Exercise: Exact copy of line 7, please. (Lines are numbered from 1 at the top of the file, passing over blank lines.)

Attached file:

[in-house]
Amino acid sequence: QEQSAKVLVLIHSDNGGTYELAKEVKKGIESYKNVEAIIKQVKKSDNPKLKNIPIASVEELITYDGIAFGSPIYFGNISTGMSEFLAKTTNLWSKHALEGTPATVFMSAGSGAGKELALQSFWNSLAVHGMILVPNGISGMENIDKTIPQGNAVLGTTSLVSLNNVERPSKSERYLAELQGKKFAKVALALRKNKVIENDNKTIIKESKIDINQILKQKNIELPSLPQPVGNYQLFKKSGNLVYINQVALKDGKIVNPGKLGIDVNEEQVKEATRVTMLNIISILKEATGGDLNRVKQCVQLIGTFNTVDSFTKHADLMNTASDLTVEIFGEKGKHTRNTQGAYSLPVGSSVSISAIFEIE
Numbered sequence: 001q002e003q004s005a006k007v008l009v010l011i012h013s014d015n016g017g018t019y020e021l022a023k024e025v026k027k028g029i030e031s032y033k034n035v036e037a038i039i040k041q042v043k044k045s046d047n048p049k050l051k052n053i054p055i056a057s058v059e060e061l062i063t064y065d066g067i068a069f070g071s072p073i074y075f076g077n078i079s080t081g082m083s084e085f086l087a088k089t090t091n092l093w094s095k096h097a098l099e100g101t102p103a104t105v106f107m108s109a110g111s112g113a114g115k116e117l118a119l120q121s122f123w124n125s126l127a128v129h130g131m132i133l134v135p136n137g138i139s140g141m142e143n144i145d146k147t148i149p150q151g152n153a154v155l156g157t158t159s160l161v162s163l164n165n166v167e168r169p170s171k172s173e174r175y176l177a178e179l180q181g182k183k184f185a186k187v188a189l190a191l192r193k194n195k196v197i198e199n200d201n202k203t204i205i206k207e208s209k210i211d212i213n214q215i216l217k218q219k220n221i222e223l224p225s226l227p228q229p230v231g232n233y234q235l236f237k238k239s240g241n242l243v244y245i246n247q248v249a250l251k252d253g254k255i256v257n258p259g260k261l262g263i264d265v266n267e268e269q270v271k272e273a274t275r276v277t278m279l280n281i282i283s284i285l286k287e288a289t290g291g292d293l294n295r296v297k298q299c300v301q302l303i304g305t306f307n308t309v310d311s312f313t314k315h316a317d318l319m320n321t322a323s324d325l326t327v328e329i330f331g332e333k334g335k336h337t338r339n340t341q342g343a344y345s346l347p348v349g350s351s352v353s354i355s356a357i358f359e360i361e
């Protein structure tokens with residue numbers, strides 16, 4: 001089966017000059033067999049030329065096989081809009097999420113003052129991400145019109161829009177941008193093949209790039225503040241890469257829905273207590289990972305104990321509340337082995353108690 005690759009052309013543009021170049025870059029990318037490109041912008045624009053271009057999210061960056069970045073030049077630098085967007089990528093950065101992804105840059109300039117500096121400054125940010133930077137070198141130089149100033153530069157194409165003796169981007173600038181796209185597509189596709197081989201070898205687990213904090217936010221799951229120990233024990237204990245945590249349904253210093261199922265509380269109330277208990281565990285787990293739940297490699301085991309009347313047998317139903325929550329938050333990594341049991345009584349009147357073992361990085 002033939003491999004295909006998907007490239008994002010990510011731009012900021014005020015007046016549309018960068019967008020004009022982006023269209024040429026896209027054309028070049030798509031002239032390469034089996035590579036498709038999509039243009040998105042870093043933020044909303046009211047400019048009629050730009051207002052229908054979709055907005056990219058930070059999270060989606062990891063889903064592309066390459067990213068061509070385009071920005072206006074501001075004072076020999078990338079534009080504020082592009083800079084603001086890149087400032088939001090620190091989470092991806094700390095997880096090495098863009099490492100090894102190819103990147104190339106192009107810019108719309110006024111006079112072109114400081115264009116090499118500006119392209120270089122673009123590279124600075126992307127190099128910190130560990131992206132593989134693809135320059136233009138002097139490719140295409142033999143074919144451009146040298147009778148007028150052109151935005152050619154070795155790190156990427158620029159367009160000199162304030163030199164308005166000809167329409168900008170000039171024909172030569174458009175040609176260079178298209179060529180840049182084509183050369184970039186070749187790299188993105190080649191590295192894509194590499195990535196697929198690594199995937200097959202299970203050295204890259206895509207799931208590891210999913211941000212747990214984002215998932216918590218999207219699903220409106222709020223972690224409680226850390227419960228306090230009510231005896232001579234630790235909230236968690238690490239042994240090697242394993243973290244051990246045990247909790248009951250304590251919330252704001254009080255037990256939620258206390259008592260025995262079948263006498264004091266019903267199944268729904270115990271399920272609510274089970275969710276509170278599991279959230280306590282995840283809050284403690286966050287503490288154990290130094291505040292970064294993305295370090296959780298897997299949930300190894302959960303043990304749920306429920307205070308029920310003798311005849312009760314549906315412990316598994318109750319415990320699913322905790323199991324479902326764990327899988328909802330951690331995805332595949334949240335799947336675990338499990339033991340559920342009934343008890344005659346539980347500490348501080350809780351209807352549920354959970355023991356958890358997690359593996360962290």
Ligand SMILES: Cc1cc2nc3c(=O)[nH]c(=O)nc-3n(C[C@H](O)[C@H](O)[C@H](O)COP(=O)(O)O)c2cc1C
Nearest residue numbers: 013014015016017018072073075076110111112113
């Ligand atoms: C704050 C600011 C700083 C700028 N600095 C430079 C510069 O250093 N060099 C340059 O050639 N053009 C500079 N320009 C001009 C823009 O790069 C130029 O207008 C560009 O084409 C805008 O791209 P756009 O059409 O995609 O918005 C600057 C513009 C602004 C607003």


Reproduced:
């Ligand atoms: C704050 C600011 C700083 C700028 N600095 C430079 C510069 O250093 N060099 C340059 O050639 N053009 C500079 N320009 C001009 C823009 O790069 C130029 O207008 C560009 O084409 C805008 O791209 P756009 O059409 O995609 O918005 C600057 C513009 C602004 C607003």